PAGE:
Hug says the poster contest was a byproduct of her research and larger thesis project.  She said the posterpresentation was not required as part of her schoolwork. Hug was told about the poster contest by her faculty adviser and UAM assistant professor of biometrics, Dr. Pradip Saud.

“By presenting posters, the student can interact with the camera in place of a person.  They have an audience. It’s another kind of experience, rather than the traditional inperson experience,”said Dr. Saud. 

“I believe that the poster presentations help build confidence and motivate students to become more involved with their research,” said Dr. Saud.

Saud says he walked Hug through the process step-by-step.  Saud himself has presented a half dozen posters and shared his experiences.

Hug collected $250 for the first-place award and she will receive a certificate. Hug said the money would go toward her ongoing educational expenses.

About the College of Forestry, Agriculture and Natural Resources and the Arkansas Forest Resources Center

The College of Forestry, Agriculture and Natural Resources, and the Arkansas Forest Resources Center, a University of Arkansas System Center of Excellence, brings together interdisciplinary expertise through a partnership between the University of Arkansas at Monticello and the University of Arkansas System Division of Agriculture. The College and Center are headquartered at the University of Arkansas at Monticello campus, but their programs range statewide with the mission of developing and delivering teaching, research, and extension programs that enhance and ensure the sustainability and productivity of forest-based natural resources and agricultural systems. Academic programs are delivered by the College of Forestry, Agriculture, and Natural Resources through the University of Arkansas at Monticello. Through the University of Arkansas System Division of Agriculture, research is administered by the Arkansas Agricultural Experiment Station, and extension and outreach activities are coordinated by the Arkansas Cooperative Extension Service.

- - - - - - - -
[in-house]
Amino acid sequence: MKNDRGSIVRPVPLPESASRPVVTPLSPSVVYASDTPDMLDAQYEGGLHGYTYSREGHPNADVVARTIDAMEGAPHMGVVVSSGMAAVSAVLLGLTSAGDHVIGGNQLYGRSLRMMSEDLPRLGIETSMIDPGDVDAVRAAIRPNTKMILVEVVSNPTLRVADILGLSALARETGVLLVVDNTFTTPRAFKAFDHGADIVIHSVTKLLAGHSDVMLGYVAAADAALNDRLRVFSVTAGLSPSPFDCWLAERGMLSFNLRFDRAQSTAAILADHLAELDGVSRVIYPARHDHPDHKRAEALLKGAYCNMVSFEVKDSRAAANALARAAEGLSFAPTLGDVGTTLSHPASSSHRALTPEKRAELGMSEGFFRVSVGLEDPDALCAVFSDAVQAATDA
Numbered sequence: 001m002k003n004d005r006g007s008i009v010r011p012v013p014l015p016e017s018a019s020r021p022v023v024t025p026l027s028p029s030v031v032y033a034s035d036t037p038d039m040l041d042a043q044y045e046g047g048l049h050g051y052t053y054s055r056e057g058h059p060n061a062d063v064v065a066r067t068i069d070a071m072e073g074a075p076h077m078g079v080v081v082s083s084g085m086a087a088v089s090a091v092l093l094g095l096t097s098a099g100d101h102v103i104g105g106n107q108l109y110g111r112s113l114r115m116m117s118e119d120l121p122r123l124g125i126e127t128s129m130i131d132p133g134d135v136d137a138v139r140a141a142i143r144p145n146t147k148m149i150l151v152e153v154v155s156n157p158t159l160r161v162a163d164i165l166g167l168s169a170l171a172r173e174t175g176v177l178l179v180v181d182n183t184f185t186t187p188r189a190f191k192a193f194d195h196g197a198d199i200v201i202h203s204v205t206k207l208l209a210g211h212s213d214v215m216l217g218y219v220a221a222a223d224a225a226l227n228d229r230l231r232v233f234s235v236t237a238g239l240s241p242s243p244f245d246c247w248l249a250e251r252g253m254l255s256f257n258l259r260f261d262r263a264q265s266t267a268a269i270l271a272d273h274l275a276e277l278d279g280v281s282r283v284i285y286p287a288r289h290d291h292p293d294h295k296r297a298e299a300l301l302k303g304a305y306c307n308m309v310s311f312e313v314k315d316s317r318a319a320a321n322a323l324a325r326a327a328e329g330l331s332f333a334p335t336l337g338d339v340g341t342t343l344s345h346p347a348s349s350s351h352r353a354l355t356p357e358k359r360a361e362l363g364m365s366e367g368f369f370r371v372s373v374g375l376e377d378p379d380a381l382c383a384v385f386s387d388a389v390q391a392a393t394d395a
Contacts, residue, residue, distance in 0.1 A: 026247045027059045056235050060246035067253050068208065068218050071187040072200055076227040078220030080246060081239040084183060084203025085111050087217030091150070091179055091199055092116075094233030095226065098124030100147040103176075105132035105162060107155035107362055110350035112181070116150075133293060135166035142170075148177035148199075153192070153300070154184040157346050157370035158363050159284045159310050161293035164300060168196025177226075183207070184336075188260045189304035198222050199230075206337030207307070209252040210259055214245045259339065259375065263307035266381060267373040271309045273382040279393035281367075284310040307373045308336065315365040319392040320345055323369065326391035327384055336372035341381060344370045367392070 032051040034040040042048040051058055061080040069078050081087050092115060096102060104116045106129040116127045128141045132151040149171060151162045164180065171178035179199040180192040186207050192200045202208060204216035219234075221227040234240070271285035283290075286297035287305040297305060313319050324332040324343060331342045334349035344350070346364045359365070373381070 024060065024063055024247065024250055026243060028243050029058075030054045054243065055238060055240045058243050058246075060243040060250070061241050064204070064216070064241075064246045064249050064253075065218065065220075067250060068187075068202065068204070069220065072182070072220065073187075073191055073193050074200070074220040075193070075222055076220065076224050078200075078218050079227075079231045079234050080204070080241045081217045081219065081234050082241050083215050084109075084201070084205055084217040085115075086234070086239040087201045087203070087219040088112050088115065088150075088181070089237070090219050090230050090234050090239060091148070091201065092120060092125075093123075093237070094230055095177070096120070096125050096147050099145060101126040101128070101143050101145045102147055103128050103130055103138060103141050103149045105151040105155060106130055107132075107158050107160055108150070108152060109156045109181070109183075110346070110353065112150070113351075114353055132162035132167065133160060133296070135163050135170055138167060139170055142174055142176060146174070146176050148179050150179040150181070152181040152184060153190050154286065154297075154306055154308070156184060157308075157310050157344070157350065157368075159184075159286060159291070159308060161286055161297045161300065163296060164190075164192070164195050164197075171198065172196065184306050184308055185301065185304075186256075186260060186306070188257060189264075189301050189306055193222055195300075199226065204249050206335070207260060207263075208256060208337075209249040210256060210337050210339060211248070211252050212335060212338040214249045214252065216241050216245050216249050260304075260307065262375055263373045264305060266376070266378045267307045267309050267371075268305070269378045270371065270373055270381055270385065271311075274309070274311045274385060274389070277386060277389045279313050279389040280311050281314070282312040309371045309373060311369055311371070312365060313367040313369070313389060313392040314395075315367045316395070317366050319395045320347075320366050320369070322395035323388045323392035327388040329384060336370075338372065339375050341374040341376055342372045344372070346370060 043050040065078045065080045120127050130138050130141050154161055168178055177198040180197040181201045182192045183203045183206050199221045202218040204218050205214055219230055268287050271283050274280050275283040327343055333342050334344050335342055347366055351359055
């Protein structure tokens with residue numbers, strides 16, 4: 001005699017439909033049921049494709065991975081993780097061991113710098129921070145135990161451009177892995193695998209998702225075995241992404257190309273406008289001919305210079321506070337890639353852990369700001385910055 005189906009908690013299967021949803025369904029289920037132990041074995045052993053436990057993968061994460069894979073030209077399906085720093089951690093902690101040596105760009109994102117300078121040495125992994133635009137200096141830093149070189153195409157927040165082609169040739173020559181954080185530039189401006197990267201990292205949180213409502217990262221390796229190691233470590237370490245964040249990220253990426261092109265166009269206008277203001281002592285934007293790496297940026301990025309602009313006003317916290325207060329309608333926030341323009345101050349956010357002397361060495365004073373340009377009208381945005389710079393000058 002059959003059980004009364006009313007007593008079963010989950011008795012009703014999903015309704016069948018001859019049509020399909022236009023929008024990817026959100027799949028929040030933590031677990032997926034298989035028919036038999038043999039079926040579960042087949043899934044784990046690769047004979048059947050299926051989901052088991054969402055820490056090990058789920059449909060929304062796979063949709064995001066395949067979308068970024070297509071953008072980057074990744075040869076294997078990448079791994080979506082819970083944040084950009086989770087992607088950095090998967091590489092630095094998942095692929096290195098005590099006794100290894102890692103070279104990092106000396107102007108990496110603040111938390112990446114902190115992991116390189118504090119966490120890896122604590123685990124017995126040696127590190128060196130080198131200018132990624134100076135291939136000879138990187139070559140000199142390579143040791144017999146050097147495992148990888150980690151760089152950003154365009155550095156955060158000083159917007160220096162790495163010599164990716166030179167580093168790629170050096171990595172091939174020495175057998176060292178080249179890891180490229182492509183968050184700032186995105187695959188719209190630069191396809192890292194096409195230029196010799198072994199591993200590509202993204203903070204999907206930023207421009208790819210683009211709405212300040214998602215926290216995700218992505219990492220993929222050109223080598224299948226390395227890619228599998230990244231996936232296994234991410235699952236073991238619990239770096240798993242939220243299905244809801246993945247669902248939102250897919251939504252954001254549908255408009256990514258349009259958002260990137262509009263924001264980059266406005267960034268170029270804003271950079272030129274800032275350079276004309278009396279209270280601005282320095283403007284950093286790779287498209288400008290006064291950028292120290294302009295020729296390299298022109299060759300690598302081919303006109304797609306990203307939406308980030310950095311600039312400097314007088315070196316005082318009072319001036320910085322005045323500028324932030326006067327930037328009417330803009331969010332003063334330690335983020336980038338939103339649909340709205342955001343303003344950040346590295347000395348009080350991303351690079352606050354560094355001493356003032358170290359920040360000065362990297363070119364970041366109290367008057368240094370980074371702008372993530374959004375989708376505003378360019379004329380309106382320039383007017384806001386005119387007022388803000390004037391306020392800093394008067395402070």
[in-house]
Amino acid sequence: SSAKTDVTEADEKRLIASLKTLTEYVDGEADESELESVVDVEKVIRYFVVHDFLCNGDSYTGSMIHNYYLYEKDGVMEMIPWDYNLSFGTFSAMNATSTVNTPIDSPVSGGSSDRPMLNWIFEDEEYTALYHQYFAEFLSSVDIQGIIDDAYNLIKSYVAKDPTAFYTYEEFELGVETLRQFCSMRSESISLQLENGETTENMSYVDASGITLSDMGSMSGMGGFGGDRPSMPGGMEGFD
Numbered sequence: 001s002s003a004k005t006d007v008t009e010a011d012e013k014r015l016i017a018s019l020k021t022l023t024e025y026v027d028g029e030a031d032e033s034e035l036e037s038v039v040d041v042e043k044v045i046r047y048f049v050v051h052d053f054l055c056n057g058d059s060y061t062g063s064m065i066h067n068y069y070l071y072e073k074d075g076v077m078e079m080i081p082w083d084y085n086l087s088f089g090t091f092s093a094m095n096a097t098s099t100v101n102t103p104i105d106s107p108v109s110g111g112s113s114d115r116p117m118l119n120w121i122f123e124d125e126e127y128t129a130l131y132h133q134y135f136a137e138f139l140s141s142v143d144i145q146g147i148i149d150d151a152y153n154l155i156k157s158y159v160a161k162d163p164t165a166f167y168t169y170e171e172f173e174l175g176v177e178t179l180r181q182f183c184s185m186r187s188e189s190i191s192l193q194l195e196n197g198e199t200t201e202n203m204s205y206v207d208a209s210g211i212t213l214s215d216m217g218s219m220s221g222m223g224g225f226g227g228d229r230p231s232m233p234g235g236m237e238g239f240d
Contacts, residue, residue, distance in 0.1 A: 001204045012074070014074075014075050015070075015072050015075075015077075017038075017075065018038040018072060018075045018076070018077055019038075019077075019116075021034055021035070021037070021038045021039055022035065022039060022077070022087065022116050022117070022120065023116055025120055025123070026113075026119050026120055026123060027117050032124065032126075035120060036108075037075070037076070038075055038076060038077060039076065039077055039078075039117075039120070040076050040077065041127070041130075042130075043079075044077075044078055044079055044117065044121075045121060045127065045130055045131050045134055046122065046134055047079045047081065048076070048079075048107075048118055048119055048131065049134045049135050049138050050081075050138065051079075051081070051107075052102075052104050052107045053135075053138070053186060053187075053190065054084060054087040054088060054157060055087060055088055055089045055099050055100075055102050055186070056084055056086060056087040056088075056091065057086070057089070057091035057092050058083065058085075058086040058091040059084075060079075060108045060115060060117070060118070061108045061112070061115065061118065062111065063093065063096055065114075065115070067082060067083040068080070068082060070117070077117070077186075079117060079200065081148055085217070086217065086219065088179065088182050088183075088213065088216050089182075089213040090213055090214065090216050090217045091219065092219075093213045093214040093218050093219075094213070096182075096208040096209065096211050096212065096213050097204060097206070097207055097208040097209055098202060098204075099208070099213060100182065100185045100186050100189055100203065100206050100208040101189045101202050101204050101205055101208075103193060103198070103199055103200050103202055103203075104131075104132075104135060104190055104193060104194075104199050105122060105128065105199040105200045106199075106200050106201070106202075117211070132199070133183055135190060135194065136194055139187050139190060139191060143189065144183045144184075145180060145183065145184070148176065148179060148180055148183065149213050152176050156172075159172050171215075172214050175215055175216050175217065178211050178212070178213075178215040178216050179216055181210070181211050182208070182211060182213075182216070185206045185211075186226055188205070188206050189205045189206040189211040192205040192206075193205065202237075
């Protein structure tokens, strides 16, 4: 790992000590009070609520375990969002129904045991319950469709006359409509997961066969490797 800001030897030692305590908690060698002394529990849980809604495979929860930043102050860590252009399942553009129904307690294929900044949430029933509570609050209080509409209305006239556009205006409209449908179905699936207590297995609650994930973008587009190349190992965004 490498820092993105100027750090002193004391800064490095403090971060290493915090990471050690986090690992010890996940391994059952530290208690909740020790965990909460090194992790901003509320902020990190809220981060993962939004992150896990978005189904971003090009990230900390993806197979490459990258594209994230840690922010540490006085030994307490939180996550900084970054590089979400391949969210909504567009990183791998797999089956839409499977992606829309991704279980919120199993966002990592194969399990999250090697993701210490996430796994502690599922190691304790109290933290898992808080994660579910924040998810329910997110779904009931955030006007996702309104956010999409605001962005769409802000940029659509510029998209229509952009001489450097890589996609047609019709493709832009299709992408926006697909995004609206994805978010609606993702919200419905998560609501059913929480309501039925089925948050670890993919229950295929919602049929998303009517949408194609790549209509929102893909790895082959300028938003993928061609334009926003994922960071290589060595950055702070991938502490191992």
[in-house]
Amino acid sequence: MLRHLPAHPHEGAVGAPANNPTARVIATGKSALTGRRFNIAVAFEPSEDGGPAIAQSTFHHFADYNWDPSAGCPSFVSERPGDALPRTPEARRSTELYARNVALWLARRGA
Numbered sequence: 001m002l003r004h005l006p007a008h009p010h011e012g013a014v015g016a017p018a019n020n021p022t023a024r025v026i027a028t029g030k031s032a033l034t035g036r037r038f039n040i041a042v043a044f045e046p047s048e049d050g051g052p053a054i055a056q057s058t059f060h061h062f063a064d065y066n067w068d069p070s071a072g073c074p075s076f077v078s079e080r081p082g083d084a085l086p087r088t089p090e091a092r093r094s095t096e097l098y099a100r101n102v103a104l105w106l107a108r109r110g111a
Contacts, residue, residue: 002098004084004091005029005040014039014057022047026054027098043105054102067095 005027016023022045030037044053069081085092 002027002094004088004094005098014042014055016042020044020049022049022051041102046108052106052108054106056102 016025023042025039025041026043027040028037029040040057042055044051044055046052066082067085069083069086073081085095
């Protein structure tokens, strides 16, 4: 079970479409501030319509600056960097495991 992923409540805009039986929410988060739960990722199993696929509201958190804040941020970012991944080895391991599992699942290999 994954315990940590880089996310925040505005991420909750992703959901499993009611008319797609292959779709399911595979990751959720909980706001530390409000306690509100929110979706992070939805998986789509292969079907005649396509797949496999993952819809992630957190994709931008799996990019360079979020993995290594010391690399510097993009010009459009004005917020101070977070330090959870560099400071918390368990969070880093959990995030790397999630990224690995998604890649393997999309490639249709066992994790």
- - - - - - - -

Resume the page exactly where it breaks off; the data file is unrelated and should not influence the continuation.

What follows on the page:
The University of Arkansas at Monticello and the University of Arkansas System Division of Agriculture offer all of their programs to all eligible persons without regard to race, color, sex, gender identity, sexual orientation, national origin, religion, age, disability, marital or veteran status, genetic information, or any other legally protected status, and are Affirmative Action/Equal Opportunity Employers.

About the Division of Agriculture

The University of Arkansas System Division of Agriculture’s mission is to strengthen agriculture, communities, and families by connecting trusted research to the adoption of best practices. Through the Agricultural Experiment Station and the Cooperative Extension Service, the Division of Agriculture conducts research and extension work within the nation’s historic land grant education system.

The Division of Agriculture is one of 20 entities within the University of Arkansas System. It has offices in all 75 counties in Arkansas and faculty on five system campuses.

The University of Arkansas System Division of Agriculture offers all its Extension and Research programs and services without regard to race, color, sex, gender identity, sexual orientation, national origin, religion, age, disability, marital or veteran status, genetic information, or any other legally protected status, and is an Affirmative Action/Equal Opportunity Employer.